None of us actually have a choice but to wait and see. He is going to be President. There is no changing that by any means. He is going to execute some set of policies, for better or worse. The only choices we have are to be optimistic that things will work out for the best, as they most times do regardless of who is in office; be pessimistic, deciding in advance based on incomplete information and misinformation that the sky will fall no matter what; or, wait and see. Personally, I think wait and see is the only reasonable position. If you're going to sway one way or the other, then optimism would be better, but you're likely to be somewhat disappointed. Pessimism though doesn't do you or anyone else any good. It doesn't change what will happen. It doesn't better prepare you in case of something bad. It just doesn't help at all. So, my advice would be to listen to President Obama when he tells the country to support the next President because we want the country to be successful. Look at the core rather than the extremes. Put the emotion of the election behind you and put your faith in the country, because it is bigger than anyone and tends to take care of itself nicely regardless who holds the reigns for brief moments in time.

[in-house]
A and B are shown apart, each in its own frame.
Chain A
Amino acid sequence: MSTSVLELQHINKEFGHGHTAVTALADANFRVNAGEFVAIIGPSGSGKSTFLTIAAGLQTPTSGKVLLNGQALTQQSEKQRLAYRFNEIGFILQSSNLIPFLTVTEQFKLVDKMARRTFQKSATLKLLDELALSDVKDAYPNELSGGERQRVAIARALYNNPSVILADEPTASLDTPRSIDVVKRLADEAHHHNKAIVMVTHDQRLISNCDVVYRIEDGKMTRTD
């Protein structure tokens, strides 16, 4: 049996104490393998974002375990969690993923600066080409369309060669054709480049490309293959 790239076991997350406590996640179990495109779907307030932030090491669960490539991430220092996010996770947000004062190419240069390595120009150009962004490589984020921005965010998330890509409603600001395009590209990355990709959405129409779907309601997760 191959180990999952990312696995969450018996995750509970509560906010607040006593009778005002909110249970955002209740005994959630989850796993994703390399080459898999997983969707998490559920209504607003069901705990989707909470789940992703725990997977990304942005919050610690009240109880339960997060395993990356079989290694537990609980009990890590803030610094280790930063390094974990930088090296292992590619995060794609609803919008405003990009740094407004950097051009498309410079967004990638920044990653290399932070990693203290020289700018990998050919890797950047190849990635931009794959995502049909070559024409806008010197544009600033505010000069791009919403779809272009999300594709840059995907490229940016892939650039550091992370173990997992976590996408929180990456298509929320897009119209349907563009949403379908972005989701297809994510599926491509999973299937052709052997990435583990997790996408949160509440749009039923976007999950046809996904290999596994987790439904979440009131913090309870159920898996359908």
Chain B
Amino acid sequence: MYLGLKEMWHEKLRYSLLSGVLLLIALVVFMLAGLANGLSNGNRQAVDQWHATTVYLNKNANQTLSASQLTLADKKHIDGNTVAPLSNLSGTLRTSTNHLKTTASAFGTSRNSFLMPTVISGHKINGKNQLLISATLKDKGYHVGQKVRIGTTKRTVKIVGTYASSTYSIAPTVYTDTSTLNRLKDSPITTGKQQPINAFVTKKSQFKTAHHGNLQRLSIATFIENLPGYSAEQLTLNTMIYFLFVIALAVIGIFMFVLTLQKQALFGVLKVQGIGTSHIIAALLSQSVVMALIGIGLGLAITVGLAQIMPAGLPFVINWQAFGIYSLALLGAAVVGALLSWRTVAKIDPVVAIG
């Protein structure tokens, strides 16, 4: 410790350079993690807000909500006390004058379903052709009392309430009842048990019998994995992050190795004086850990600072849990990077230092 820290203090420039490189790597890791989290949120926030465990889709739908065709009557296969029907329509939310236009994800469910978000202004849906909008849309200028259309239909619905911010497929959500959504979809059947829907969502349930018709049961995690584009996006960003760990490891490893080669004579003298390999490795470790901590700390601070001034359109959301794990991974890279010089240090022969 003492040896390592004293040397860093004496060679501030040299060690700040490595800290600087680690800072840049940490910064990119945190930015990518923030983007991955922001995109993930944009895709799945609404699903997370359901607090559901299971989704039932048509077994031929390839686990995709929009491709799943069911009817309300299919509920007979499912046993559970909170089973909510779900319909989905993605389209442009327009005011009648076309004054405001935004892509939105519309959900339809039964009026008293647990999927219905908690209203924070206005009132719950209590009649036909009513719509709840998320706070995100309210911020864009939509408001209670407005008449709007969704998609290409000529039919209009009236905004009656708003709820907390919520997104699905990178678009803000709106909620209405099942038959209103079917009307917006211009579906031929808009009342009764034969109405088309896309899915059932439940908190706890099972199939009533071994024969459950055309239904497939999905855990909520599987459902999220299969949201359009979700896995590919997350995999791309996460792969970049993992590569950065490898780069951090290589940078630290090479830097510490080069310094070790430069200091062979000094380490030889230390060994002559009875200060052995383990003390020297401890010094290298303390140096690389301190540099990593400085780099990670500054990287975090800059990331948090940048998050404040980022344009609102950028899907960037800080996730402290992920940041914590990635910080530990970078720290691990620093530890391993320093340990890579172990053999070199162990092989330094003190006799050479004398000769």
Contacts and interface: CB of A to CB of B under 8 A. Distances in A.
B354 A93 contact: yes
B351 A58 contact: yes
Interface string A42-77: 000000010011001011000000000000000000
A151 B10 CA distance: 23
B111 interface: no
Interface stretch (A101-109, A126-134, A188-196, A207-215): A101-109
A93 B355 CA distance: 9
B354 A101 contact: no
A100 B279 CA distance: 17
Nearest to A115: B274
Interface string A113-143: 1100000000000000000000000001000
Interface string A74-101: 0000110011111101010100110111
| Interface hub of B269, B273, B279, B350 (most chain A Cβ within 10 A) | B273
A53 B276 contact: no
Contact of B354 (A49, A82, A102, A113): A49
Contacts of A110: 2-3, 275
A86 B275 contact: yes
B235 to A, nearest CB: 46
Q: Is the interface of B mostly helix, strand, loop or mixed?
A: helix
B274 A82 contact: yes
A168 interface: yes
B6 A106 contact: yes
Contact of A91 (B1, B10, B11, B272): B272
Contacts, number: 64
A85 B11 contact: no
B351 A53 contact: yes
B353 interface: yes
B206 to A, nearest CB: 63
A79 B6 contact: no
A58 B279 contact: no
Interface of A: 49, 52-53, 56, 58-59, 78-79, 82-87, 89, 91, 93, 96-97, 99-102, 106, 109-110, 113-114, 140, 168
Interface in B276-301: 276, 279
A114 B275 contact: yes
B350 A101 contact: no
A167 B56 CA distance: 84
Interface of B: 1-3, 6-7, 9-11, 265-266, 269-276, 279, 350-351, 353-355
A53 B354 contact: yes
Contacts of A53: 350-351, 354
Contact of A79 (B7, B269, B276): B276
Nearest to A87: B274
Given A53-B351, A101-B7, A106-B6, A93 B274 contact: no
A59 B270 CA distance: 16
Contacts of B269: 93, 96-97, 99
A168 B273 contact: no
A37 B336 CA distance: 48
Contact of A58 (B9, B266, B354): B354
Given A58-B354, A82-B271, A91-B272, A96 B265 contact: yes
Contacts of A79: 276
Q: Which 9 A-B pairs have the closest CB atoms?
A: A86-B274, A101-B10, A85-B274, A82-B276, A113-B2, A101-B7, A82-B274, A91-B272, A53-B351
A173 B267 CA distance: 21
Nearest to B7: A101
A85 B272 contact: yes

And sorry, that's so long. My core message is cheer up. It's not as bad as you seem to think. Let's all just give it time and see how things work out. These things have a way of working themselves out for the best most of the time.